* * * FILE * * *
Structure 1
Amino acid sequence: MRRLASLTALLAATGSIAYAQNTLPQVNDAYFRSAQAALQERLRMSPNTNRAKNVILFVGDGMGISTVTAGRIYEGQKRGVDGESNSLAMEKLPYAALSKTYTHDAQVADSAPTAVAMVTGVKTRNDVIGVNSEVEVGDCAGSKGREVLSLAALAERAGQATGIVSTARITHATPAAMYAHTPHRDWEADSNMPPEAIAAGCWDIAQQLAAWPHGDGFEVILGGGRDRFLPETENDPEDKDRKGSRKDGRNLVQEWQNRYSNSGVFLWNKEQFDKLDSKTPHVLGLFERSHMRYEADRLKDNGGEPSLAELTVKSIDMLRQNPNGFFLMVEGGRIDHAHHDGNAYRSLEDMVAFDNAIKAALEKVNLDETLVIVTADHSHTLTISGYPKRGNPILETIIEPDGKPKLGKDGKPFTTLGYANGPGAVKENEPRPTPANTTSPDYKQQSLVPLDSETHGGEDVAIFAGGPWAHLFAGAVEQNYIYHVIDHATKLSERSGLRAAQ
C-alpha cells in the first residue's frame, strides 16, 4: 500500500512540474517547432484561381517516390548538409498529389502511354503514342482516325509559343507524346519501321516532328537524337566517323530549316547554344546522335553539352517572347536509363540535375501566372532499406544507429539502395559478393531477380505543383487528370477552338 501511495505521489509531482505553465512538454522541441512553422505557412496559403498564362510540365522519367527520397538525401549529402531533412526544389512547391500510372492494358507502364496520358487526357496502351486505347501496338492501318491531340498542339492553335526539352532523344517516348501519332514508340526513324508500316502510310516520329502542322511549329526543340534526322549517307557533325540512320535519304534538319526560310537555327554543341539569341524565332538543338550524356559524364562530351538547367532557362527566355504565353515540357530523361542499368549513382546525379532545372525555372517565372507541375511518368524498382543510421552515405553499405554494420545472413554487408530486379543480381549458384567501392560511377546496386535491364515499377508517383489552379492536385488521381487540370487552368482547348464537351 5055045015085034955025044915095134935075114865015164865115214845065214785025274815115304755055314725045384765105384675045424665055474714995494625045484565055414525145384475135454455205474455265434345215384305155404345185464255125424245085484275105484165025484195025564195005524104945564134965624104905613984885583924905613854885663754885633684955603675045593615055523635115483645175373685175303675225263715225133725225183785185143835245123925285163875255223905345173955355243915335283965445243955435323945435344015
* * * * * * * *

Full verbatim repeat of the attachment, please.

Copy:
Structure 1
Amino acid sequence: MRRLASLTALLAATGSIAYAQNTLPQVNDAYFRSAQAALQERLRMSPNTNRAKNVILFVGDGMGISTVTAGRIYEGQKRGVDGESNSLAMEKLPYAALSKTYTHDAQVADSAPTAVAMVTGVKTRNDVIGVNSEVEVGDCAGSKGREVLSLAALAERAGQATGIVSTARITHATPAAMYAHTPHRDWEADSNMPPEAIAAGCWDIAQQLAAWPHGDGFEVILGGGRDRFLPETENDPEDKDRKGSRKDGRNLVQEWQNRYSNSGVFLWNKEQFDKLDSKTPHVLGLFERSHMRYEADRLKDNGGEPSLAELTVKSIDMLRQNPNGFFLMVEGGRIDHAHHDGNAYRSLEDMVAFDNAIKAALEKVNLDETLVIVTADHSHTLTISGYPKRGNPILETIIEPDGKPKLGKDGKPFTTLGYANGPGAVKENEPRPTPANTTSPDYKQQSLVPLDSETHGGEDVAIFAGGPWAHLFAGAVEQNYIYHVIDHATKLSERSGLRAAQ
C-alpha cells in the first residue's frame, strides 16, 4: 500500500512540474517547432484561381517516390548538409498529389502511354503514342482516325509559343507524346519501321516532328537524337566517323530549316547554344546522335553539352517572347536509363540535375501566372532499406544507429539502395559478393531477380505543383487528370477552338 501511495505521489509531482505553465512538454522541441512553422505557412496559403498564362510540365522519367527520397538525401549529402531533412526544389512547391500510372492494358507502364496520358487526357496502351486505347501496338492501318491531340498542339492553335526539352532523344517516348501519332514508340526513324508500316502510310516520329502542322511549329526543340534526322549517307557533325540512320535519304534538319526560310537555327554543341539569341524565332538543338550524356559524364562530351538547367532557362527566355504565353515540357530523361542499368549513382546525379532545372525555372517565372507541375511518368524498382543510421552515405553499405554494420545472413554487408530486379543480381549458384567501392560511377546496386535491364515499377508517383489552379492536385488521381487540370487552368482547348464537351 5055045015085034955025044915095134935075114865015164865115214845065214785025274815115304755055314725045384765105384675045424665055474714995494625045484565055414525145384475135454455205474455265434345215384305155404345185464255125424245085484275105484165025484195025564195005524104945564134965624104905613984885583924905613854885663754885633684955603675045593615055523635115483645175373685175303675225263715225133725225183785185143835245123925285163875255223905345173955355243915335283965445243955435323945435344015